Earth Day 2020: Exploring India’s Sustainable Management of Water

To celebrate Earth Day, we spoke with a few MIT students whose field research has helped better understand India’s water-related issues and advanced the country’s broader sustainable development goals.

Gokul Sampath, Ph.D. Urban Studies and Planning
Groundwater Management with J-PAL in Ahmedabad, India

Tell us a bit about what brought you to MIT and motivated you to pursue your current degree.

I came to MIT after working in the international development sector at the Jameel Poverty Action Lab (J-PAL) in India and at One Acre Fund in East Africa. At J-PAL, I designed and planned randomized evaluations to test incentives for groundwater conservation among small farmers in rural Gujarat, India. At One Acre Fund, I led impact evaluations of the NGO’s core program for farmers in Tanzania: an asset-based loan and training for high yield seeds and fertilizer. Through these experiences, I saw that rigorously collected data and careful analysis can maximize the impact of international development programs.

My first research project was a Fulbright grant that studied the effectiveness of well switching in response to arsenic contamination in ground drinking water sources in West Bengal. Since then, my interests had been focused on issues of water access in rural South Asia and Africa. As I began to spend time in urban centers, I started thinking about challenges of water supply in cities, and these problems would be rich for inquiry.

I came to MIT’s Department of Urban Studies and Planning (DUSP) to get a better sense of the challenges faced by developing world cities in planning municipal water supply. DUSP appealed to me because here, I’d have the ability to tackle this problem using methodologies from across disciplines.

Tell us a little bit about your project. What drew you to this topic?

My current project is focused on municipal water supply and private water markets in cities. Irregular supply timings, low pressure, and high rates of leakage are characteristic of urban water supply systems in many cities of the global South. In Mumbai, India, where the water utility struggles to curb theft and rivalrous consumption, distribution loss has been estimated at approximately 40 percent. The poor quality of service provision has opened a market for small private water vendors, who offer more reliable access at higher rates than the city’s water utility.

My project looks at whether in the context of Mumbai, with difficulty excluding free riders and high rates of rivalry consumption, municipal water is better characterized as a common pool resource rather than a public good. I argue that municipal water in Mumbai demonstrates an upstream vs. downstream spatial inequality of water access, much like a canal irrigation system. I further claim that private water vendors resolve this spatial inequality by providing last mile service to under-served citizens at the tail end of the distribution network.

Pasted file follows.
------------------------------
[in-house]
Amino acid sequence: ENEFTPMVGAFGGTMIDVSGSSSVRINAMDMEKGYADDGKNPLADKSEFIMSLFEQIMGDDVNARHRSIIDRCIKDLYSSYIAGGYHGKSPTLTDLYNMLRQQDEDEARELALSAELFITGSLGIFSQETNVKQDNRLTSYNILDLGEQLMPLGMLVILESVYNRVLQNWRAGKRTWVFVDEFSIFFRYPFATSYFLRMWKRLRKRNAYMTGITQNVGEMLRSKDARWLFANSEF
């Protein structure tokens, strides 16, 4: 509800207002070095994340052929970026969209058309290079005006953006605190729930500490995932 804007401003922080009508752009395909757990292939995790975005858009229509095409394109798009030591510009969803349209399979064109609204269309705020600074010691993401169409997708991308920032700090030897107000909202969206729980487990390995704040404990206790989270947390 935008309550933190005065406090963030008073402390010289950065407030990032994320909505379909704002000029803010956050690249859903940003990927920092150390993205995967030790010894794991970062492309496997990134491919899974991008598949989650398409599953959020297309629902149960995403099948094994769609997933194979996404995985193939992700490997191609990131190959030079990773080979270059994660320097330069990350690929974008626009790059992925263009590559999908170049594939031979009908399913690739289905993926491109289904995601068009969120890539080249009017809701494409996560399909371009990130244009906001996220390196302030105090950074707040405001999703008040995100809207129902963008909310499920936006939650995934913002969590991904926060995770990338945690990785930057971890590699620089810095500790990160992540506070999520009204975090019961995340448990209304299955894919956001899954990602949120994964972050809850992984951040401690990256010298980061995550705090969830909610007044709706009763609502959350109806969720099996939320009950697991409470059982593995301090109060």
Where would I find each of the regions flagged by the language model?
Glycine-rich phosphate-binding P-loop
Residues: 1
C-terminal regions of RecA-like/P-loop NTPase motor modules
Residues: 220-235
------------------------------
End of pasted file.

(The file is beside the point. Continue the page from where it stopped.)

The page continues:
How does your work tie into some of the broader sustainable development goals in India?

Large Indian metropolises like Mumbai and Bangalore are currently moving aggressively to re-brand themselves as alpha cities and destinations for global capital. Yet the new five-star hotels, fancy airports, and brand-new metro systems are actually often under-girded by a reality of leaky pipes and intermittent supply that limit access to water. If India is to develop in a way that is sustainable and equitable, it must find a way to provide reliable water access to its hundreds of millions of urban citizens. Therefore, understanding where all the water is going and what role small private sellers in cities like Mumbai play in water distribution is critical for addressing this planning challenge.

Is there anything that surprised you/you weren’t expecting to find through your research?

The perception of public sector organizations is often clouded by unfounded assumptions that they are poorly run. However, I did not see any lack of effort, awareness, or new ideas from the engineers of the Bombay Municipal Corporation. Instead, I saw them as the glue keeping a precarious water supply system working (albeit intermittently) for millions of Mumbaikars every day. The water engineers have a real awareness of the problems and challenges in extending water supply hours in water-short areas, and they work hard to keep the water system running.

What do you like best about conducting field research? Could you share a memorable moment?

I’ve always believed that if you’re studying a problem where the research question is about the field, then you need to be in the field. The real interesting research questions emerge from the oddest details and snatches of information overheard. Sometimes conversations with a plumber laying a new water connection for a family, or other times by chatting with farmers about why they might have used more water to irrigate in the last month might be the keystone to an entire paper. I’ve always been a researcher who has liked to be close to the field. As a Fulbrighter in India, I spent almost 6 months living in a village in rural West Bengal while trying to carry out a research project there. It taught me that the best lines of inquiry in social science research are usually handed to you by your study participants in face-to-face conversation.

Radhika Singh and Shail Joshi, Master’s in City Planning
Betwa River Walk in Bundelkhand, India

Tell us a bit about what brought you to MIT and motivated you to pursue your current degree.

Radhika Singh, Urban Planner/Journalist: Radhika Singh is a master’s student of urban planning in the Department of Urban Studies and Planning at MIT. She has previously worked as a correspondent for The Indian Express in Mumbai and as a project manager at the research-advocacy organization INHAF in Ahmedabad. She’s interested in planning for sustainable development that protects the country’s fragile ecology and wealth of biodiversity. Her current research focuses on water resource management and land use planning after natural disasters.

Shail Joshi, Urban Planner/Architect: Shail Joshi is a master’s student of urban planning in the Department of Urban Studies and Planning at MIT. He is a design architect by training and has worked on large-scale, low to middle-income housing projects in India. Informal settlements, WASH programs, and disaster management are his current research topics at MIT. His interest lies at the intersection of water systems and disaster mitigation through policy making. He is a passionate street and portrait photographer whose works have been published in the City Observer and Harvard Design magazine.

Tell us a little bit about your project. What drew you to this topic?